Resilient NYPD Detective/cancer survivor Claire Codella stars alongside an equally strong and sturdy New York City in this gritty, gripping police procedural. This third title in Smith’s Killer Nashville Reader’s Choice Award-winning trilogy is an effective standalone set in an authentic and diverse cityscape. She transports the reader from dimly lit, far-flung street corners to gleaming, iconic thoroughfares as Codella and her sparring partner Detective Brian Haggerty trail a killer who left a murdered corpse in the vintage churchyard. The setting is depicted in an early scene in which historic and modern-day Manhattan collide:
She decided to check on the bed of Moroccan mint she’d planted last month. She turned right and followed a path that ran along the limestone wall of the parish house. The Romanesque architecture reminded Rose of a medieval castle, and whenever she walked here alone, she sensed the confluence of past and present. The church archives said that two hundred years ago, this Manhattan Valley neighborhood had been a vast stretch of farmland known as Bloomingdale. Wealthy city dwellers from the southern tip of Manhattan had spent their summers on estates overlooking the Hudson River, and those estate owners had built and worshipped at St. Paul’s. Who, she wondered now, had tended her garden back then?
Untitled Novel #7 by Alison Gaylin
The Edgar Award-winning Gaylin frequently writes about New York’s Hudson Valley, a scenic amalgamation of early American architecture, working farms, gilded age estates, bustling commuter depots and riverfront dive bars. In this world, complex modern domesticity encompasses local tradesmen, blue bloods, aging hippies, and transplanted urban hipsters alike, and Gaylin excels at using it to intertwine familial and crime drama as she did in If I Die Tonight, set in her fictional Havenkill. She revisits the locale in her latest, about a grieving mother thrust into a deadly, vengeful game of cat and mouse that builds to a twist you won’t see coming:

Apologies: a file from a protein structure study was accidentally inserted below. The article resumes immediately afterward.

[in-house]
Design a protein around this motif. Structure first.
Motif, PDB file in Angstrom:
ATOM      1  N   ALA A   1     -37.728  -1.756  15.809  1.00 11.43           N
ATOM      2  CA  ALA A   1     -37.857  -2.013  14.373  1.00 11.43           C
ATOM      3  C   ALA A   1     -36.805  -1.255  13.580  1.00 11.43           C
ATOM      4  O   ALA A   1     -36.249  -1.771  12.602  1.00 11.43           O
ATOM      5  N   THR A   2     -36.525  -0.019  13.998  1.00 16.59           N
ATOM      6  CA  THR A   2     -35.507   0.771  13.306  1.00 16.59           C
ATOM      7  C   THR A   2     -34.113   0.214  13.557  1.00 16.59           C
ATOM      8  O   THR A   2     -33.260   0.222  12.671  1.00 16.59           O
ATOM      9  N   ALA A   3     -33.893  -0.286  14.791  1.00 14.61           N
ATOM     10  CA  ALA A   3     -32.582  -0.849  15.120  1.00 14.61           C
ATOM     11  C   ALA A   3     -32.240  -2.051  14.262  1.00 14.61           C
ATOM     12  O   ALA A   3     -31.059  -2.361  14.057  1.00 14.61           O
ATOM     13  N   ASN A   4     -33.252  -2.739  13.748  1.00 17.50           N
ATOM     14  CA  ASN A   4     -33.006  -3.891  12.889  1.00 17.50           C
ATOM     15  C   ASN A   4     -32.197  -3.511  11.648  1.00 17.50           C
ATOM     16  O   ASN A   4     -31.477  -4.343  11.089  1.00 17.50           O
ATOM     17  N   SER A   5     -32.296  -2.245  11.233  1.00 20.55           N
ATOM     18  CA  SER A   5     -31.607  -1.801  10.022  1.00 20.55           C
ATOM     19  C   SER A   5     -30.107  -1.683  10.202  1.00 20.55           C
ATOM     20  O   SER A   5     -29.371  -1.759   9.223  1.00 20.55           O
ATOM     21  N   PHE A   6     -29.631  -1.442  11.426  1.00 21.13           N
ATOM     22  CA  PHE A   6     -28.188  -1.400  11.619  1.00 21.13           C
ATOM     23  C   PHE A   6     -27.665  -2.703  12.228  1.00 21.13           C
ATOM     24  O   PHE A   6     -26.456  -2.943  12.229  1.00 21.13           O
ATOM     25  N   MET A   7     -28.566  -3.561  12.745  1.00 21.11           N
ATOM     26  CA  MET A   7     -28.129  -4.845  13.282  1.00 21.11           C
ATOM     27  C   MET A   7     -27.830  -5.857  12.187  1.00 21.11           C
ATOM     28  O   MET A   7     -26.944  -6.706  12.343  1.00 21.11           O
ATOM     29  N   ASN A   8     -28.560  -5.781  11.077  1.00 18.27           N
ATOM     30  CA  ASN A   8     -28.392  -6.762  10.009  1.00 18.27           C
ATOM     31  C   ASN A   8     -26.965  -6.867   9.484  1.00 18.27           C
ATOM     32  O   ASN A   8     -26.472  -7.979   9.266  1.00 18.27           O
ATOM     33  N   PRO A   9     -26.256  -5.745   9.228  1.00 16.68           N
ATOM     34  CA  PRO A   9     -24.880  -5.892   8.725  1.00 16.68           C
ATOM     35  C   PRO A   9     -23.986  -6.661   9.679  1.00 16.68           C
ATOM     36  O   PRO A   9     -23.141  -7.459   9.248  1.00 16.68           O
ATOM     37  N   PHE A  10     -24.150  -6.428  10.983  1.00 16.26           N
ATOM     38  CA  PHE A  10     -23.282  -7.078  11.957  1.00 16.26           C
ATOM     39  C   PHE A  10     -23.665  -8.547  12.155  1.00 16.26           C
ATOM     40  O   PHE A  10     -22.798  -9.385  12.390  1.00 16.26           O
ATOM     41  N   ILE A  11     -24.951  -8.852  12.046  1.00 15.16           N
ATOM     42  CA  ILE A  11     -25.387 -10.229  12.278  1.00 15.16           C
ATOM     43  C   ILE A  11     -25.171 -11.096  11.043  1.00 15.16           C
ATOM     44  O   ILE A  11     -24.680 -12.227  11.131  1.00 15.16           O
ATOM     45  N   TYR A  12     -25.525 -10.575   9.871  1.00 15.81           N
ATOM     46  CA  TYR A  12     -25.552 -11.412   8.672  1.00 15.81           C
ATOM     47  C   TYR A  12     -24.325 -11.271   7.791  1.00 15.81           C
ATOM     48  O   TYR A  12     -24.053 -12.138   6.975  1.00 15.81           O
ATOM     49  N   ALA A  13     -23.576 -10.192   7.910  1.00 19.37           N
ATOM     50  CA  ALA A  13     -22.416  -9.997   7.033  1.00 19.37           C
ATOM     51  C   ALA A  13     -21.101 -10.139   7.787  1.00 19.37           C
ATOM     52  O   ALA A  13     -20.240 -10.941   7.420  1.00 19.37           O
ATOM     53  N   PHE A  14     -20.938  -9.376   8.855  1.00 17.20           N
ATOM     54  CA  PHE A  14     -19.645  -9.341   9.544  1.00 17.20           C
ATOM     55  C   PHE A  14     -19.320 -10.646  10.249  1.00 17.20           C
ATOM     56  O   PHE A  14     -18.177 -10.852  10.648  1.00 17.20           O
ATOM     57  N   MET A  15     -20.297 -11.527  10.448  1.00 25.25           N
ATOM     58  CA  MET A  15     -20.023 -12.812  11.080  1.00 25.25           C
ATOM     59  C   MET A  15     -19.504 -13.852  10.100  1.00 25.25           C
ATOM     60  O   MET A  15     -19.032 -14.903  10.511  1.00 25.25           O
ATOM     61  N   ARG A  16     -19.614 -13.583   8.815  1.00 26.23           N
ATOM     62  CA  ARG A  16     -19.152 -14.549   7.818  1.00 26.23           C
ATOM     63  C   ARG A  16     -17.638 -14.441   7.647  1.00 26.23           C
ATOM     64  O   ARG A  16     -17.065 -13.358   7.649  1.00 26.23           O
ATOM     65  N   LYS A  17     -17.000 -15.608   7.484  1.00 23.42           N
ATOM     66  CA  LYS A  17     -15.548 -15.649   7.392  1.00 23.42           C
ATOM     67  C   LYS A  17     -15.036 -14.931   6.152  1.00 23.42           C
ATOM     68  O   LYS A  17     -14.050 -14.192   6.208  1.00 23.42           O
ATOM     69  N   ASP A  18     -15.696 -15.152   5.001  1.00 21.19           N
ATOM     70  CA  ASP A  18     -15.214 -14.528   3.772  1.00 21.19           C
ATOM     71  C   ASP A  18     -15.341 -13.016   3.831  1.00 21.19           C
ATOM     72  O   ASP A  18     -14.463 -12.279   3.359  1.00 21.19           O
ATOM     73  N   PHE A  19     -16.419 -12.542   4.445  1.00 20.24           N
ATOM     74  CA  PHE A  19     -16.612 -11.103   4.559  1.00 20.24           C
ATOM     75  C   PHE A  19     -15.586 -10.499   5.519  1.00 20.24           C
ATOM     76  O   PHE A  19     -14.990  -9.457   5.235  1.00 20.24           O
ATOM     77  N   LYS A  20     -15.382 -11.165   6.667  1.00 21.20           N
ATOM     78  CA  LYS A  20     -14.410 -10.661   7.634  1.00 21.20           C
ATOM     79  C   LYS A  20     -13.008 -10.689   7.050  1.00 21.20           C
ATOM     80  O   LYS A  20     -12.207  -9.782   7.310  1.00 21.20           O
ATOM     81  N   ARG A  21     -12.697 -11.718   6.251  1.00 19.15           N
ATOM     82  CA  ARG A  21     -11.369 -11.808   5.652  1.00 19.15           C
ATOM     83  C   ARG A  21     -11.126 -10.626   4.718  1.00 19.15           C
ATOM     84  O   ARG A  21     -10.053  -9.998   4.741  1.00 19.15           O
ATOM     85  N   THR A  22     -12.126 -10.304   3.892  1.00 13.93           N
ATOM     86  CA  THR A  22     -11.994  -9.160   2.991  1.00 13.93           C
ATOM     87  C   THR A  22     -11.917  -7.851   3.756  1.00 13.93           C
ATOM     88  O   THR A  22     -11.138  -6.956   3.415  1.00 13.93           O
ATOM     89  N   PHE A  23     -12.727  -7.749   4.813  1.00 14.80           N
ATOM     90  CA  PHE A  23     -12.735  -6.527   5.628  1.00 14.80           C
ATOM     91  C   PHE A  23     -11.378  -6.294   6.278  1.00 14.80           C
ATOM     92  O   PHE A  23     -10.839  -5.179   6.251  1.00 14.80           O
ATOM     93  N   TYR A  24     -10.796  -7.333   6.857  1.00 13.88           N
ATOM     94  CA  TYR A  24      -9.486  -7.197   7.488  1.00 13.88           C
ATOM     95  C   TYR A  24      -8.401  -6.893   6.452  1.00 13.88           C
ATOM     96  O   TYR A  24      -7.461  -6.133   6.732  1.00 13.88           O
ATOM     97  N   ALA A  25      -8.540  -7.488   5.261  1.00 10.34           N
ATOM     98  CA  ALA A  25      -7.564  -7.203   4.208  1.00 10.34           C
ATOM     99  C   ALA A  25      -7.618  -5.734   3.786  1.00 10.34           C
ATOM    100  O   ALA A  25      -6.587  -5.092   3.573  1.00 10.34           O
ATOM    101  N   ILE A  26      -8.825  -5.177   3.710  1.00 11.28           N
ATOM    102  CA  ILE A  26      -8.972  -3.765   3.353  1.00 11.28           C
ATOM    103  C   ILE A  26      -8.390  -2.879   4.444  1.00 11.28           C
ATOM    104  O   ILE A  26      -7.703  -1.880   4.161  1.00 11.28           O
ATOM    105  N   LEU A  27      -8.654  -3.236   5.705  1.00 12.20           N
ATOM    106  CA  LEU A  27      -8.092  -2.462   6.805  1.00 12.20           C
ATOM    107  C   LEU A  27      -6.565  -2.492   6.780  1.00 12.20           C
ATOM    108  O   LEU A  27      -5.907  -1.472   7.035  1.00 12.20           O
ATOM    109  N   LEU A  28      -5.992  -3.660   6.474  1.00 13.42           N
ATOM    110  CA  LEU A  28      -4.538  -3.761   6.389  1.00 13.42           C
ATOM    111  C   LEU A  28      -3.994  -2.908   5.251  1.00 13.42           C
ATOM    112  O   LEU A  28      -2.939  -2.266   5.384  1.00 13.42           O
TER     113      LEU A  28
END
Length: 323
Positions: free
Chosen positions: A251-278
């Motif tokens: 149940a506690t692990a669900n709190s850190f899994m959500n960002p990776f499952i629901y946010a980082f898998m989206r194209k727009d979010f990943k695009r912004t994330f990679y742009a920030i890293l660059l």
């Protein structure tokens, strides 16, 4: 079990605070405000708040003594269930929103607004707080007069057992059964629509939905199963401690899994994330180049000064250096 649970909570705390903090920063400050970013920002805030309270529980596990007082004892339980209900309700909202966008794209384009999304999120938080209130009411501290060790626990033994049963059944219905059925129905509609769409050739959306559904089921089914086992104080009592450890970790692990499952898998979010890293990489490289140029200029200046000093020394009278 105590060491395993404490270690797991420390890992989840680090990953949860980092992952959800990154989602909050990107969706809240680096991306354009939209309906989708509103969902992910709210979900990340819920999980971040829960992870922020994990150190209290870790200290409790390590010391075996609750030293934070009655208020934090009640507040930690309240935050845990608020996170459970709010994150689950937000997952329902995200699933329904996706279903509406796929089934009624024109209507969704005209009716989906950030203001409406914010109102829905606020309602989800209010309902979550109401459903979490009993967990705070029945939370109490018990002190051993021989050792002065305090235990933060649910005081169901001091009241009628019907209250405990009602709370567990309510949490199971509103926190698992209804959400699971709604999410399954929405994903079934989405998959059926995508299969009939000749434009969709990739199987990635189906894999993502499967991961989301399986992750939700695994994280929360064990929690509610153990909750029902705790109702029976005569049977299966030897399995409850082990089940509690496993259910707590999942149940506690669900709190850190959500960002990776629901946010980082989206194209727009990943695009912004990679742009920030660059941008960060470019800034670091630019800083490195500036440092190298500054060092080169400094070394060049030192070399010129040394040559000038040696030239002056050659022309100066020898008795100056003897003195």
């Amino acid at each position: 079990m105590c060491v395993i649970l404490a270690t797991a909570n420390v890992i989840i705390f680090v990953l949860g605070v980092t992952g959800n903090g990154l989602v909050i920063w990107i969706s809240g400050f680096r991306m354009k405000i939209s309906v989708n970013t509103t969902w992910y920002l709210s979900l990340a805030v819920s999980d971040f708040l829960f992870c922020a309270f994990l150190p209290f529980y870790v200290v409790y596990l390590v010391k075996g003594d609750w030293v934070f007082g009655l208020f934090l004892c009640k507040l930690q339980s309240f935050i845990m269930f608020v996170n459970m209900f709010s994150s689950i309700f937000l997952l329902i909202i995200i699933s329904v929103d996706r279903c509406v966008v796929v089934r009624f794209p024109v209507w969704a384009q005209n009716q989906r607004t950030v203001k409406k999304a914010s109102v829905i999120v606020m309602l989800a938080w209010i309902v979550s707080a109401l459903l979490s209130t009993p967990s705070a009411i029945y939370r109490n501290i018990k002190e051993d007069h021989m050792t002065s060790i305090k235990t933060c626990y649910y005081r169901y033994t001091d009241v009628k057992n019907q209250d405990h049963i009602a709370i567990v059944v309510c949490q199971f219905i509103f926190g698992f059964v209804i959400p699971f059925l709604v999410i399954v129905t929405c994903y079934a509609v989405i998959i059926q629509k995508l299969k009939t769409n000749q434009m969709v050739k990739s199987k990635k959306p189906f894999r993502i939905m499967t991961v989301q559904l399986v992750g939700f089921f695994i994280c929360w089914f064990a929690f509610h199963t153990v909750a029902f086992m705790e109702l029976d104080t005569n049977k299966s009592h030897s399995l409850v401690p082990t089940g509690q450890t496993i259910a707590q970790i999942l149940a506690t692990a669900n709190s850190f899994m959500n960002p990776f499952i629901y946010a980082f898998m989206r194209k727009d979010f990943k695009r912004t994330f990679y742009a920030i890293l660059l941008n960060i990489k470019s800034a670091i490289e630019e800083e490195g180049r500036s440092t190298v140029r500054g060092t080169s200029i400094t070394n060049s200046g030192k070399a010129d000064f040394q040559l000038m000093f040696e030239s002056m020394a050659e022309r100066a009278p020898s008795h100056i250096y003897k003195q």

Havenkill is one of those picturesque Hudson Valley towns—full of historic plaques and statues of men on horseback and window boxes and white colonial buildings with lacquered black shutters. Matt and I used to love to spend long weekends at Havenkill bed and breakfasts when we lived in the city, daydreaming about moving to the town (which I believe is technically a hamlet). We can be just like George and Mary Bailey, we’d say. But they really were just daydreams. The truth is, there’s something we both found slightly off-putting about Havenkill – a judgy, insular quality behind the Bedford Falls veneer. The big, unapologetic cross in the town square at Christmastime; the hardness in the eyes of some of the smiling store owners—especially when you’d mention you were visiting from the city, the enormous historic mansions at one end of town and the tiny tract houses on the other, never the twain shall meet.
About The Butcher’s Daughter by Wendy Corsi Staub:
Investigative genealogist Amelia Crenshaw solves clients’ genetic puzzles, while hers remains shrouded in mystery. Now she suspects that the key to her birth parents’ identities lies in an unexpected connection to a stranger who’s hired her to find his long-lost daughter. Bracing herself for a shocking truth, Amelia is blindsided by a deadly one. NYPD Detective Stockton Barnes had walked away from his only child for her own good. He’ll lay down his life to protect her if he and Amelia can find out where—and who—she is. But someone has beat them to it, and she has a lethal score to settle. Amelia and Stockton’s entangled roots have unearthed a femme fatale whose family tree holds one of history’s most notorious killers. And the apple never falls far…